October is Domestic Violence Awareness Month: a time when advocates, survivors, friends and family of domestic violence speak out and speak up in an effort to help alleviate one of the most prevalent and most dangerous crimes in the United States today.
In order to understand why DV is such a scourge on our society, it’s important to understand how and why it has become so prevalent. In most states, our justice system either outright condones it or turns a blind eye to it. There are numerous examples to be found in news stories across the nation. Women reach out for help from the courts in the form of protection orders, only to have them denied. In far too many instances, they are murdered shortly thereafter by their abusers. Many times, women are punished for defending themselves. When police arrive on scene and both parties have been involved in a physical altercation, even if the woman was defending herself, police will question them separately to determine the “primary offender.” Of course the man will tell a different story, so police are faced with making a decision based on physical evidence. It sometimes happens that the woman is arrested and the man is not.
Why? How can this happen? Women are often smaller and weaker. She might pick up an object. I did in one instance. When police arrived on scene, I was covered in blood — his! Thankfully, police believed my story. However, that is rarely the case. Police arrive, the man has a worse wound, the woman is determined to have been the primary offender. She goes to jail. (He sees this as a “win” and revels in the victory?)
Even in cases where the man is arrested, domestic violence penalties are weak and prosecuting attorneys are quick to make deals. In my case, my abuser was charged with three felonies for attempted murder. He got six months’ probation, 48 hours’ community service and compulsory “counseling” with an ex-con domestic abuser therapist who taught his court-mandated counseling clients how to circumvent temporary protection orders (TPO’s) to get back in the homes where they were forbidden to be without being caught and prosecuted again.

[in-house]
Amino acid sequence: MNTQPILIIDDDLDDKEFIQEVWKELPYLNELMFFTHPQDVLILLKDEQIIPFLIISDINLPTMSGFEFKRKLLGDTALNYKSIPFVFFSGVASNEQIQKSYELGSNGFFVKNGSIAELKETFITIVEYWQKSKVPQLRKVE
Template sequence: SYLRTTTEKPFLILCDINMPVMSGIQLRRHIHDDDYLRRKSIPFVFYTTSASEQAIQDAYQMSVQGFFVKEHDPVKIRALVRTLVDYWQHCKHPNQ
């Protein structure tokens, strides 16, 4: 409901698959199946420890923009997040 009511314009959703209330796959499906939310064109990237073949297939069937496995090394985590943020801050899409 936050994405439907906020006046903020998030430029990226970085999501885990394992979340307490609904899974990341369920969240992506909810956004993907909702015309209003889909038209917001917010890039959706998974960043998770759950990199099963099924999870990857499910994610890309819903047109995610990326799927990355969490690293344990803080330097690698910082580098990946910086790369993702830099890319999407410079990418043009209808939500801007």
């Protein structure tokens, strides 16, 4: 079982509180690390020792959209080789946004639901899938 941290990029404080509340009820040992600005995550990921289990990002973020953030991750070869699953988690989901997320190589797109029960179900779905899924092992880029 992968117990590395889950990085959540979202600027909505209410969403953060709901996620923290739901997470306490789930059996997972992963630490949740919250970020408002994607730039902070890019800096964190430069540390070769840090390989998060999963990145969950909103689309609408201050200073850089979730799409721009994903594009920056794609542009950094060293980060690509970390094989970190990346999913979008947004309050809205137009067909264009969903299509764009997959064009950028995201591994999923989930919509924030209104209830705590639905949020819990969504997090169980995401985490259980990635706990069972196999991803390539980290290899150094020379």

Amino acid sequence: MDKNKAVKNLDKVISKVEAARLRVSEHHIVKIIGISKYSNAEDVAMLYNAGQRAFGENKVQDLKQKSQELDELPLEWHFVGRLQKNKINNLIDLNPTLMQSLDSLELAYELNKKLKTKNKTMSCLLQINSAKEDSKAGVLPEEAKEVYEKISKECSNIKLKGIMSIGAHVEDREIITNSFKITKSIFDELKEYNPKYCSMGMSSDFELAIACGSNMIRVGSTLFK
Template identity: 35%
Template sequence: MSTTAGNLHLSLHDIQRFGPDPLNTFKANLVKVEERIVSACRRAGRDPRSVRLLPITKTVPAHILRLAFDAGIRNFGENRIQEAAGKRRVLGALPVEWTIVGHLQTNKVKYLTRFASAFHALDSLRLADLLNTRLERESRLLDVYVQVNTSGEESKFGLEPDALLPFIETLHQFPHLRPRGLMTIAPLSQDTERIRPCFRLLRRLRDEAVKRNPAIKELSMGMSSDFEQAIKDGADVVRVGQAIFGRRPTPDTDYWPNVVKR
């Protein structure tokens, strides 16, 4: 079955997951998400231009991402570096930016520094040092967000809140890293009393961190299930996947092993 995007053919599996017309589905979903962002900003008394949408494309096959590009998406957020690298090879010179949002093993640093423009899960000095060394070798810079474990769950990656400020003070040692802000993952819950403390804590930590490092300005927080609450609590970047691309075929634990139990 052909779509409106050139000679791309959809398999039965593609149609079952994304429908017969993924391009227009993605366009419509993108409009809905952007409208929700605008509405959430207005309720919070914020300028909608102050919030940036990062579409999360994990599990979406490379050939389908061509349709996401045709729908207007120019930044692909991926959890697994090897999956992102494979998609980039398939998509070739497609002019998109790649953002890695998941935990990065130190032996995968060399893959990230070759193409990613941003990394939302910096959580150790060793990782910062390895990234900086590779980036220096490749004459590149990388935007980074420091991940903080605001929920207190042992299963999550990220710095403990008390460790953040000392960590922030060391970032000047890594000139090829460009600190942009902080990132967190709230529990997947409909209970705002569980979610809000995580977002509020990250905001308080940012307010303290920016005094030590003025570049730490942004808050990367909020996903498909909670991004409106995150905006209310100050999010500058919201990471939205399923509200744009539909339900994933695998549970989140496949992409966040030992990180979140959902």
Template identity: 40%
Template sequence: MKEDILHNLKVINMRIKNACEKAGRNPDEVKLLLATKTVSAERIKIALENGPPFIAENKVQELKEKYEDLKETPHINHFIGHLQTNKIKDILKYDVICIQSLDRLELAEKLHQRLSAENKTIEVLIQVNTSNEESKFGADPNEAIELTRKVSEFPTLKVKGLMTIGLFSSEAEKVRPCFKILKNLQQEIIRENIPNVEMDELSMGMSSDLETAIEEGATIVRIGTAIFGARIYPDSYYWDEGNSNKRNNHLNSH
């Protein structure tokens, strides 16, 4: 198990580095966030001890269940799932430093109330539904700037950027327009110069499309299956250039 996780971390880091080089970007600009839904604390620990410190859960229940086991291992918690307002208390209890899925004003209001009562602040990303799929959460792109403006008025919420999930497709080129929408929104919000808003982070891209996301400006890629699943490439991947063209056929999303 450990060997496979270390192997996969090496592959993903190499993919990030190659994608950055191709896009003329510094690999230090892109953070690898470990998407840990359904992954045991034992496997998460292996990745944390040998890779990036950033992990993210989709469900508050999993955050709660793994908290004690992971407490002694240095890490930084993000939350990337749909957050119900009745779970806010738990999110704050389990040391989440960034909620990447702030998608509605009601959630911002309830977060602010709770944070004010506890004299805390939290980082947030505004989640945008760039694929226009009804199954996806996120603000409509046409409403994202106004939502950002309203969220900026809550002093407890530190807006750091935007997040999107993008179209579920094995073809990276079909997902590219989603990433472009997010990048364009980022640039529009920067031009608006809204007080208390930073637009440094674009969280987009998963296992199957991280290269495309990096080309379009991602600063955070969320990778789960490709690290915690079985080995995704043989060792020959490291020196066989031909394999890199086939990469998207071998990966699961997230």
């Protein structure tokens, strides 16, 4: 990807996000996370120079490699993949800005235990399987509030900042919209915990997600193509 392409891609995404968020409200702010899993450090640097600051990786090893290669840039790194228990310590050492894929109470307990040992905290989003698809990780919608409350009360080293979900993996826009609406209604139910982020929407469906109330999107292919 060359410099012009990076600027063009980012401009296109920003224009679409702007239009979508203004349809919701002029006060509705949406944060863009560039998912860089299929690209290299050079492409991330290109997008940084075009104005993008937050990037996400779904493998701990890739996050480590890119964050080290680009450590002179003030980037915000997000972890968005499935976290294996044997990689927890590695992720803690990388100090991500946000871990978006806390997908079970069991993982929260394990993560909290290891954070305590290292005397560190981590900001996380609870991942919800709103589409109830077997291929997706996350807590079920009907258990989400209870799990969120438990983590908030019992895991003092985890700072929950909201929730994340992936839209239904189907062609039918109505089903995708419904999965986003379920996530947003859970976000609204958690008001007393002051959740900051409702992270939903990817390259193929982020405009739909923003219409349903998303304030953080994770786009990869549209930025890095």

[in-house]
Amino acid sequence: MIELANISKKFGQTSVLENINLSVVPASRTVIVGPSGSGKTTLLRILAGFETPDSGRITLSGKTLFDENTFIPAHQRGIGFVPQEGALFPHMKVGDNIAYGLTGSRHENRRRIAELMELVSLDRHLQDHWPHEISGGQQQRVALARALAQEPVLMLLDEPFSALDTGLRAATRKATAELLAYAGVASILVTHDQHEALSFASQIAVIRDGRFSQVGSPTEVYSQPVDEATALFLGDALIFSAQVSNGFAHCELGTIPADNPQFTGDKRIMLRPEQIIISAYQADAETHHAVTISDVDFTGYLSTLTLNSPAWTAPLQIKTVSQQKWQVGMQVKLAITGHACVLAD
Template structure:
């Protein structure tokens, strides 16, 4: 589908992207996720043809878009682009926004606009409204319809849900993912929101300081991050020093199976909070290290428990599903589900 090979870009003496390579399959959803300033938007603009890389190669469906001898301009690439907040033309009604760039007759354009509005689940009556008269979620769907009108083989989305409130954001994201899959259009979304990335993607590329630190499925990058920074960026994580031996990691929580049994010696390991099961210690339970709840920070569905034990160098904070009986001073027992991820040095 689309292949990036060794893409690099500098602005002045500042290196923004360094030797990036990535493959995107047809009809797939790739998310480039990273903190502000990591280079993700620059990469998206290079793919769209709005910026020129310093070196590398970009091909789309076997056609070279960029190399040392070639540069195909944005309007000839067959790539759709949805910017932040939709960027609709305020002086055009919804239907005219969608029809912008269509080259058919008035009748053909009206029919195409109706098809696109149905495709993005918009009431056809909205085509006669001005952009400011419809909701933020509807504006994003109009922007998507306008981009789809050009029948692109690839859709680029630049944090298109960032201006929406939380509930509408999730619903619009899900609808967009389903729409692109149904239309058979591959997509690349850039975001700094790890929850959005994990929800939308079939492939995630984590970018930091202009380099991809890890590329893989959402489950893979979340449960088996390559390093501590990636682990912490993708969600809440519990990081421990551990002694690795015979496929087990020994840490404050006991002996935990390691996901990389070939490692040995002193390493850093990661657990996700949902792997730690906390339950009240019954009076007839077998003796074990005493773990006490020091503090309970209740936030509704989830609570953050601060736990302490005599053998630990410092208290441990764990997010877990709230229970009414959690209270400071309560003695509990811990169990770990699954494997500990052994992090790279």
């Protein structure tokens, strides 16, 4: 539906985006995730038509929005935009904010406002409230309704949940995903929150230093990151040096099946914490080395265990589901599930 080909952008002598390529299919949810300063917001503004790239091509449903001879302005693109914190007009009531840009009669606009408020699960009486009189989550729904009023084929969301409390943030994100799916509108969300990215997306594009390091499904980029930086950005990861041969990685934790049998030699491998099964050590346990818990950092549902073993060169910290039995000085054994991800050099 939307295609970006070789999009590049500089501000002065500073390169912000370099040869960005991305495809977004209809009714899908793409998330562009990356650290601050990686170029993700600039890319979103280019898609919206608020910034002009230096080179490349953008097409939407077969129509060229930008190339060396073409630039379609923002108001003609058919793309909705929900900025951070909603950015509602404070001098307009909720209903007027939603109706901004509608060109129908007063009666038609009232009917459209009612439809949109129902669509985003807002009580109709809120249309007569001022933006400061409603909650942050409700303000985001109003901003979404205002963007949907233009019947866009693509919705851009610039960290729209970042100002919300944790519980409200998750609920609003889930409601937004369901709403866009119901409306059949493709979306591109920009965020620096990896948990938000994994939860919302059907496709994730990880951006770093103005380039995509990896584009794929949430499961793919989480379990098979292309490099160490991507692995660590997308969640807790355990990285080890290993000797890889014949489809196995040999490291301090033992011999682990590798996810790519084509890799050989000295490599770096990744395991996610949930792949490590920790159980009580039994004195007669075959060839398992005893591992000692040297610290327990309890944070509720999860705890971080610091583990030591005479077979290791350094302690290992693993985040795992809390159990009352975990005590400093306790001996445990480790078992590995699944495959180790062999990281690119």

Domestic violence is a plague on our society. It is perpetuated by our criminal justice systems that fail the victims by either arresting the wrong people or imposing insouciant penalties that are further degrading to the victims. We live in a society where domestic abusers are empowered and emboldened because they are not held responsible.
Our homes should be a place of safety and love, not violence and abuse. Domestic Violence Awareness Month should be a time when we become keenly aware that those who commit heinous crimes against their families and cohabitants should meet the stiffest penalties.
Instead, on October 21, Montana District Judge John McKeon defied the recommendations of prosecution who had procured a deal with domestic abuser and serial rapist Martin Blake, who admitted raping his 12-year-old daughter repeatedly. Judge McKeon handed down a 60-day sentence instead of the recommended 25-year sentence. He will likely serve no more than 43 days in jail. This is repulsive. It is a gross miscarriage of justice.
However, the most important lesson from this judge’s sentence will be this: the value of that girl’s completely destroyed life is reduced to 43 days. How must that girl feel? I can tell you exactly how she feels. I’ve lived it myself.
I implore you, as a domestic abuse survivor and as a human being, to help me in my quest to shine a light on this problem. Help raise awareness, first of all, so that we can hopefully ameliorate it, at best, and eventually reduce its prevalence. I’m not so optimistic that I believe we can ever completely eradicate it, although that would be ideal.
We must all be beacons. Please join me. Not just during October, but all year long.
Originally published at Resonant Dawn.